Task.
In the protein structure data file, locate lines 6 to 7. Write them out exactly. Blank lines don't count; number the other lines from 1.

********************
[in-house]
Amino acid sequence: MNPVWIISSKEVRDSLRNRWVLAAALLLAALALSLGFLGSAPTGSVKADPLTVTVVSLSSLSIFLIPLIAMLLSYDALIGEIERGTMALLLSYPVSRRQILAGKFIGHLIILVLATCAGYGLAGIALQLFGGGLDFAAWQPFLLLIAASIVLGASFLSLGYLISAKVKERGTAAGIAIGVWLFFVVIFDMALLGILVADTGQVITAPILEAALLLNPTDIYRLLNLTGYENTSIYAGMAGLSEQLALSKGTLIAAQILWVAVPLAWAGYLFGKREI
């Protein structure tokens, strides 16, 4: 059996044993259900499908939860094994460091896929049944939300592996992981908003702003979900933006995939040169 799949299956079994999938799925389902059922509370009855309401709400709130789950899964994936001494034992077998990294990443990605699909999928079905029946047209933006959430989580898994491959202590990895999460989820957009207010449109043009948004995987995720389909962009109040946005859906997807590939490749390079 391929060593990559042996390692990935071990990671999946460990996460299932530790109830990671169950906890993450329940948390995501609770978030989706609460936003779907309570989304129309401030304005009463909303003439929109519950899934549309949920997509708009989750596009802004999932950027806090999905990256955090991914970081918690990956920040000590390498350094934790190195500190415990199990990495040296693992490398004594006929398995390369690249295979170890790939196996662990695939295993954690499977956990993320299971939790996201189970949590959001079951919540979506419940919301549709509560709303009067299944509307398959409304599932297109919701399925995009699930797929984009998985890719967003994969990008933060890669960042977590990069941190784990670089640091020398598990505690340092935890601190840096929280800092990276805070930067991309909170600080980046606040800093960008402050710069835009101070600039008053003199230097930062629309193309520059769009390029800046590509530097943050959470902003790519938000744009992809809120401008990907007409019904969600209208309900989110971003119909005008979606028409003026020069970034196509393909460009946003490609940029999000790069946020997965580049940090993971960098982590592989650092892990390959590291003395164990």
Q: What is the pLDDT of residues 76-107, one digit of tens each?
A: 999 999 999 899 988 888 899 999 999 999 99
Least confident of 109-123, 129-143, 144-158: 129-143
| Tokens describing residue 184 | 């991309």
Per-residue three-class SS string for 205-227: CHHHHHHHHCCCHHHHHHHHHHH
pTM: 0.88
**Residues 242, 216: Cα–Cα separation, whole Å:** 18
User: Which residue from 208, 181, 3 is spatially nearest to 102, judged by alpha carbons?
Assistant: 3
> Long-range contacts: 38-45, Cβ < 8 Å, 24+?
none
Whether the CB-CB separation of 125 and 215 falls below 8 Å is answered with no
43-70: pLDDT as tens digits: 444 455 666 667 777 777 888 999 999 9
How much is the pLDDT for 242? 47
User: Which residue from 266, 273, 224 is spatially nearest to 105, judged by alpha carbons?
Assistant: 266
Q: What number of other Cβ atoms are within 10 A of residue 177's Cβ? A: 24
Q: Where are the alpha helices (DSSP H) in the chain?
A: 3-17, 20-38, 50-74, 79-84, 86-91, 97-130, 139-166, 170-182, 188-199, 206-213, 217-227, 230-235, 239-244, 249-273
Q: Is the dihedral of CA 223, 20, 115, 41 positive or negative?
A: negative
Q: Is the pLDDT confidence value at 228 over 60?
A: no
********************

Least confident of 109-123, 129-143, 144-158: 129-143
| Tokens describing residue 184 | 């991309």